The family and integral ecology


April 14-15, 2021

In preparation for the 2022 PASS Plenary on 'The family as a relational good: the challenge of love’

Concept Note

All surveys conducted at national and international levels show that the family is at the top of the scale of people’s values under every latitude. People claim that the family is the most important thing in their lives. However, when one tries to clarify what is meant by ‘family’, one enters a field of great uncertainties and contingencies as to the affective, cognitive and symbolic references that the idea and the experience of the family brings with it. In all cases, the challenge is how to think and live the love between family members. It is therefore a question of specifying, understanding and evaluating the different answers to this challenge that emerge today in people’s life-worlds. What is the ideal of the family? And what is its reality? In the gap between everyday experience and the desired ideal of a beautiful family lies the challenge of love.

We are all aware that the family is undergoing profound social and cultural transformations that must be understood and valued in their scope and in their consequences. If we consider the deep and rapid changes that the family faces today all over the world, due to the processes of modernization and globalization, it seems necessary to ask ourselves some basic questions that push us to rethink the fundamentals of the family and its reasons for existence in the present society and in the near future: “why the family, and what for?”. What are the roots of the family as a natural society and to what extent can culture change them? What reasons support the necessity and the goodness of the family beyond the changes in its social functions?

The plenary intends to answer these questions. It is intended to assess the phenomenology of the family in the contemporary world from the point of view of the social sciences and social policies, in order to offer the Catholic social teaching in-depth elements of knowledge about the current situation and, as far as possible, the near future on a global level.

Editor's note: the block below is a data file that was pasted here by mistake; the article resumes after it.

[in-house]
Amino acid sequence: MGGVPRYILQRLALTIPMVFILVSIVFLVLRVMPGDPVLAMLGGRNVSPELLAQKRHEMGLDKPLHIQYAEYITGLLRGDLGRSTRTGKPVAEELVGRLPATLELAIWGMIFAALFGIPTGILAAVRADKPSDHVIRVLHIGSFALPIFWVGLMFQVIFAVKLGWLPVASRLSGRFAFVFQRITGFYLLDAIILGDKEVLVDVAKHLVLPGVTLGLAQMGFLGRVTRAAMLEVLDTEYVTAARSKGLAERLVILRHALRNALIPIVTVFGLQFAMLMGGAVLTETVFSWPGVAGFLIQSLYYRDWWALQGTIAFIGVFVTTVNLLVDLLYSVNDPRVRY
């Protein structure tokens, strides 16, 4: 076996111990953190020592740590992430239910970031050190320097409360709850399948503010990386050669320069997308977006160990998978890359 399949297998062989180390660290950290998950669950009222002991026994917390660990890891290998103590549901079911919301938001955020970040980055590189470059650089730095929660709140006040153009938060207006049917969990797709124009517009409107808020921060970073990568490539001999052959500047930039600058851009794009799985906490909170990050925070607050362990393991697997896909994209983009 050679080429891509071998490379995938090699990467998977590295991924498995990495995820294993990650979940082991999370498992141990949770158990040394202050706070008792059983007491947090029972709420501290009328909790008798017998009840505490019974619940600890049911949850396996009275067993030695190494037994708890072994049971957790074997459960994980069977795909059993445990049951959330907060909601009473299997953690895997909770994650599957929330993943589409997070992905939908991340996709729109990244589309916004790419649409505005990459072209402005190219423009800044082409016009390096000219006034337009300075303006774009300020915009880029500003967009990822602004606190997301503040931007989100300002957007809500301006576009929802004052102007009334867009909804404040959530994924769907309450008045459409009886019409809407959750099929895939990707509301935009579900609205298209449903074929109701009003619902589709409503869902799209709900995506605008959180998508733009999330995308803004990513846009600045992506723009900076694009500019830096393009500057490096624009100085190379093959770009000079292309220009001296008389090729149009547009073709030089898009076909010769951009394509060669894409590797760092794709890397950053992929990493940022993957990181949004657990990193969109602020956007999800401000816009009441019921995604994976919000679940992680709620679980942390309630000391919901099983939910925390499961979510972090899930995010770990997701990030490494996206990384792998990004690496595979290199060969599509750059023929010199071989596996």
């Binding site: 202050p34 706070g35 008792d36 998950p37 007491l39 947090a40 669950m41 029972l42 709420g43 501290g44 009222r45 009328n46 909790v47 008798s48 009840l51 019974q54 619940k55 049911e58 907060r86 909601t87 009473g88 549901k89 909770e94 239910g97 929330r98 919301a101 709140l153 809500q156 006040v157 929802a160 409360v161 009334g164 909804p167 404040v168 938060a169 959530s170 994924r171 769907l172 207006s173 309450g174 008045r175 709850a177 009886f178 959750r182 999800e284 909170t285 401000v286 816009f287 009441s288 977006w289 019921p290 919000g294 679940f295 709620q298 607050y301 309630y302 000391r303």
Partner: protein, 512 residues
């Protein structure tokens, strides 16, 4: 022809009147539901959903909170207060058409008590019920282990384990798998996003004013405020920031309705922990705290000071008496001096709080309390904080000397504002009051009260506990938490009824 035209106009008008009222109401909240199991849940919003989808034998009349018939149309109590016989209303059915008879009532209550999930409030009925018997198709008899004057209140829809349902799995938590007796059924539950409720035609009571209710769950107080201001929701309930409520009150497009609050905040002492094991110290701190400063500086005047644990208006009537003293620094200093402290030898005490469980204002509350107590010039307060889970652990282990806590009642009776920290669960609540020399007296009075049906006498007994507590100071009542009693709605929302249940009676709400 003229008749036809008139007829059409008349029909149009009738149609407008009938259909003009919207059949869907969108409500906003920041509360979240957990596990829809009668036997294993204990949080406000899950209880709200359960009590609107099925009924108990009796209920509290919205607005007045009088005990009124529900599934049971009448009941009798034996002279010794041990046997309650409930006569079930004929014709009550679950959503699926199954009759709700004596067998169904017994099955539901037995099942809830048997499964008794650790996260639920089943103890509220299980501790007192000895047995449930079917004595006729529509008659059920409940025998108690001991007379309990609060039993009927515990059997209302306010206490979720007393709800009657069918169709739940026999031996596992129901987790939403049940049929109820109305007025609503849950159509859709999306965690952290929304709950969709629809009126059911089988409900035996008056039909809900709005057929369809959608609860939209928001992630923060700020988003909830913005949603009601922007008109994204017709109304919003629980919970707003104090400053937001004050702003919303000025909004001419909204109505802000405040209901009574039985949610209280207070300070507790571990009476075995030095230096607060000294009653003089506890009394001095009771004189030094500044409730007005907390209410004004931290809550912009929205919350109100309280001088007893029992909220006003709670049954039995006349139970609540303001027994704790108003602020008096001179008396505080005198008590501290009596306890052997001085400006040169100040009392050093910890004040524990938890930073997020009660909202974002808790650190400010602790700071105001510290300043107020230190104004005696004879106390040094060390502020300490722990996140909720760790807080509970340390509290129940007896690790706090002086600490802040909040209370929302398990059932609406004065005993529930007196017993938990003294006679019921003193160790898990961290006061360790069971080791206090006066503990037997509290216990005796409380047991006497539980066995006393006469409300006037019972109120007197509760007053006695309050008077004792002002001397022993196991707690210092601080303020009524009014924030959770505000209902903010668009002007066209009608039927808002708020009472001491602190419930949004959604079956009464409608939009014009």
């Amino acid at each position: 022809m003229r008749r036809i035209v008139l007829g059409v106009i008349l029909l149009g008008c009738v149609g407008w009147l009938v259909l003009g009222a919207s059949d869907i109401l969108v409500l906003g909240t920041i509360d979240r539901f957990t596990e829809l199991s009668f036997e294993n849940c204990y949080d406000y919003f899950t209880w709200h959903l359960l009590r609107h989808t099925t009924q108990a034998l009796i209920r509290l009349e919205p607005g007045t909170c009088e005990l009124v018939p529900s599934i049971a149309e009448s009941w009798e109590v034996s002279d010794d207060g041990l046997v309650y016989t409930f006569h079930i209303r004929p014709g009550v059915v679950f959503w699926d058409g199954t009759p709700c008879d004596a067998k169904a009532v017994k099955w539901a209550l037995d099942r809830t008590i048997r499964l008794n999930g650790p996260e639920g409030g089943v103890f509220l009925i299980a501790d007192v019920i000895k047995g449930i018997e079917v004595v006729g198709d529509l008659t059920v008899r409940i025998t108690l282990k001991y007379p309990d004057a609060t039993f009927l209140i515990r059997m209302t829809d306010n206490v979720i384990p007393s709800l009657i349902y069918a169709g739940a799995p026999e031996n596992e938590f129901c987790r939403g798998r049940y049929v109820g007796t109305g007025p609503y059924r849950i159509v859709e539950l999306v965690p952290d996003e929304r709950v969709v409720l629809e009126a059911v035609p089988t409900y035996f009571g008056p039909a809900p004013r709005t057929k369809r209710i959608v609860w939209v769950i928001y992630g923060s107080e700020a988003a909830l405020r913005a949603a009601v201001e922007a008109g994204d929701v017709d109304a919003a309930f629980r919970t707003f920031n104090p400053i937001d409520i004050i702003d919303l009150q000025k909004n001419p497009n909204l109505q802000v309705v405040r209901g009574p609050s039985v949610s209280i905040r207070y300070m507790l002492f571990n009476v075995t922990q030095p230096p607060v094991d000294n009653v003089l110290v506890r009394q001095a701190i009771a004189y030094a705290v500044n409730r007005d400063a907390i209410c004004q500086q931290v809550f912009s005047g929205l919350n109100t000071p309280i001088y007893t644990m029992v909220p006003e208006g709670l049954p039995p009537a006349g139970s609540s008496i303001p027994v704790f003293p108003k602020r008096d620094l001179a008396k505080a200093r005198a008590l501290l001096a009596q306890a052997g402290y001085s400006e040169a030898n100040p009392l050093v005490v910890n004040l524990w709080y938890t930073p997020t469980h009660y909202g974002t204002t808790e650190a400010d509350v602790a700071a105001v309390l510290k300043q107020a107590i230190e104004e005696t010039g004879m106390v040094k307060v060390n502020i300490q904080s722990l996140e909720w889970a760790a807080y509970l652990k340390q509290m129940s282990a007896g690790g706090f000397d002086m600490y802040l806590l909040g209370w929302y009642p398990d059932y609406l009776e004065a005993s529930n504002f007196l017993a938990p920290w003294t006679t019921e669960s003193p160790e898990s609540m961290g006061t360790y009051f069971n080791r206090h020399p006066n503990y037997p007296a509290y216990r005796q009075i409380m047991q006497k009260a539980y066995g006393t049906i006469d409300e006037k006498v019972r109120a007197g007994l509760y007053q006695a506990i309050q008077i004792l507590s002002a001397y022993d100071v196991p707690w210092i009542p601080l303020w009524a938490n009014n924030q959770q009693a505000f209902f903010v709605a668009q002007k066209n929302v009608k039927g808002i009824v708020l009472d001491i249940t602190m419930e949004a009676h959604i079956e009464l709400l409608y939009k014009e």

By referring to the analysis of social facts, the conference will reflect on the family on the horizon of its ontological being and in the perspective of exercising its primary tasks. It is a question of understanding how the family can today humanize the person in a society that is not always friendly with the family. The purpose of the Plenary, preceded by this webinar, is not to draw up a general descriptive report (there are plenty of them, at national and international level), but to focus on the lines of thought and action that can best support the family in the world of tomorrow. On the one hand, we need to clarify the deeper meaning of the family’s existence – family ontology, from the social, philosophical and theological viewpoints – and, on the other, to evaluate the practical implications for a better family promotion – social policies and good practices in family services – in the perspective of an integral human ecology. In order to survive, our society needs ‘family friendly’ policies. It is still a question of implementing article 16 of the Universal Declaration of Human Rights (“Men and women of full age, without any limitation due to race, nationality or religion, have the right to marry and to found a family. They are entitled to equal rights as to marriage, during marriage and at its dissolution. Marriage shall be entered into only with the free and full consent of the intending spouses. The family is the natural and fundamental group unit of society and is entitled to protection by society and the State”). To implement these human rights, it seems appropriate to deepen the meaning of family relationships today, taking into account the fact that they are necessary for the humanization of people, but also strongly contingent on the life course of people. The target is to make the family flourish as the primary relational good of society. To say that the family is a relational good means to affirm that the destiny and happiness of people depend on the fact that they consider and share family relationships as their fundamental common good. This common good is created by family members, but it is not particularistic and does not remain closed in the private sphere, because it pours its benefits on the community around with positive externalities that constitute the social capital of large social networks.